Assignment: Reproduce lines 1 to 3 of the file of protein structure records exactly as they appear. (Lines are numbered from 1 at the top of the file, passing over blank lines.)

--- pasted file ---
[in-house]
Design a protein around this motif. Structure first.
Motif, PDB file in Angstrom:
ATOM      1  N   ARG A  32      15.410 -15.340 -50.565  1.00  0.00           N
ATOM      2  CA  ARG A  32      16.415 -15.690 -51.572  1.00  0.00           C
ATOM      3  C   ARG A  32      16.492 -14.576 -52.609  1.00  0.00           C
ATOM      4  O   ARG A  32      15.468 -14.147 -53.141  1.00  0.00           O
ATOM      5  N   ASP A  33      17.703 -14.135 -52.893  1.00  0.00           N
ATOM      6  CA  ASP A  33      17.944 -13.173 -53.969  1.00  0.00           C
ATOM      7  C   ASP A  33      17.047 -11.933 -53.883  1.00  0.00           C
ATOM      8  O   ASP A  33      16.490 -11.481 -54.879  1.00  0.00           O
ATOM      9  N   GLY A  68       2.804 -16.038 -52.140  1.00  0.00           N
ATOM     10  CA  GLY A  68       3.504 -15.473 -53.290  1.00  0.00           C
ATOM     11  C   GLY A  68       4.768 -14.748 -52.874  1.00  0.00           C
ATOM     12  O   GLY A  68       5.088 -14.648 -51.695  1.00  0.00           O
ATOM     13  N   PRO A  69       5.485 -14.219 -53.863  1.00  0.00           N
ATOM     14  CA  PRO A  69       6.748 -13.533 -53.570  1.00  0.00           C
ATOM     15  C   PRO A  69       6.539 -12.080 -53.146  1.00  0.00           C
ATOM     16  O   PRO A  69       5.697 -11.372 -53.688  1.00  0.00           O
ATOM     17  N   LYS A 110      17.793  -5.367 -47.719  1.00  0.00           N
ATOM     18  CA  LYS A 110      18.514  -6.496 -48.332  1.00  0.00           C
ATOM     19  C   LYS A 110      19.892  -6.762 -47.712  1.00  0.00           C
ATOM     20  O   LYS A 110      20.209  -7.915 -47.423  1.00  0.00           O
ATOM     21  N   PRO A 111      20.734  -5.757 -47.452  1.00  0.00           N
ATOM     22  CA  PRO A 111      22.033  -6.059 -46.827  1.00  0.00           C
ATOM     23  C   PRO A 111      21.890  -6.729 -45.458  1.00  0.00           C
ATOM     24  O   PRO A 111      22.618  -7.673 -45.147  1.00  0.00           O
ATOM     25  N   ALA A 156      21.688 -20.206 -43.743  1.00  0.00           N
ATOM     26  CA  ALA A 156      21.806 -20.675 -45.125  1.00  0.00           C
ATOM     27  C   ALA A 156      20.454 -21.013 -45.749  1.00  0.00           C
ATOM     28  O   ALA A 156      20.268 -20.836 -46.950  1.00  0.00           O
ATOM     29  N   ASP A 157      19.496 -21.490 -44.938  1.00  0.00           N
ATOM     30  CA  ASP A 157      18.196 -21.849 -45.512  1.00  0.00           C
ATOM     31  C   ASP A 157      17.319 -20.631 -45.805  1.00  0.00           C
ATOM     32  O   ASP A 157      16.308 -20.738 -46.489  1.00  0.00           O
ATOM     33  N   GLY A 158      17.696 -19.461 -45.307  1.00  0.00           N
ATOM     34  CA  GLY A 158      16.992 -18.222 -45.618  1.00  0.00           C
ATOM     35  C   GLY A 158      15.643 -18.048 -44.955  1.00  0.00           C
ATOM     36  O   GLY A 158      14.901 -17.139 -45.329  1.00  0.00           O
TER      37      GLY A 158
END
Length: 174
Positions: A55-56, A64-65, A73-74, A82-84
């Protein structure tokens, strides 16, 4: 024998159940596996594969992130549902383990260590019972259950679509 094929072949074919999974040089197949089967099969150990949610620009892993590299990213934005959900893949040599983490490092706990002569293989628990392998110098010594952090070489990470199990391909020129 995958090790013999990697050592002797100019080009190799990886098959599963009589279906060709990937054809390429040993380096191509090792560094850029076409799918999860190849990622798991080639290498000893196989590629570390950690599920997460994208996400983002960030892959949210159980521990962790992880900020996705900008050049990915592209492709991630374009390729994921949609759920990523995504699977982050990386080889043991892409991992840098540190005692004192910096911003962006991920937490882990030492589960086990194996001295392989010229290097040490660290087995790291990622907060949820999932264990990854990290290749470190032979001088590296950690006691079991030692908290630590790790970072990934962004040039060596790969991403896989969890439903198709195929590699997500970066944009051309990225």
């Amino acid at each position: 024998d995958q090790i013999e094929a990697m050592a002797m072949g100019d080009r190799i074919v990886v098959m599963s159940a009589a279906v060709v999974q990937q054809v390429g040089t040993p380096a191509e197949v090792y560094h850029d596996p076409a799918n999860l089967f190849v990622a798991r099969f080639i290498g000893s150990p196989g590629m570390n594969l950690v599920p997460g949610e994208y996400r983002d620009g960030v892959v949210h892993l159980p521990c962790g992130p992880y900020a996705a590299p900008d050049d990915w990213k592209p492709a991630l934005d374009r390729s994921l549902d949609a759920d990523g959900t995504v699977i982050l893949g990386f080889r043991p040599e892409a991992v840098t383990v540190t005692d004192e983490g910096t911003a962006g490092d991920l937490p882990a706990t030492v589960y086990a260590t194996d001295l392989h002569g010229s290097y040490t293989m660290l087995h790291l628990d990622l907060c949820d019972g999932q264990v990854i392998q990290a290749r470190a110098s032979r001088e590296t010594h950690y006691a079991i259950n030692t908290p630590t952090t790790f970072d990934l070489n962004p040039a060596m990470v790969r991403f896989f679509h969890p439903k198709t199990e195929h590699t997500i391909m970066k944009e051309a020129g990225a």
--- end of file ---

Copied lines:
[in-house]
Design a protein around this motif. Structure first.
Motif, PDB file in Angstrom: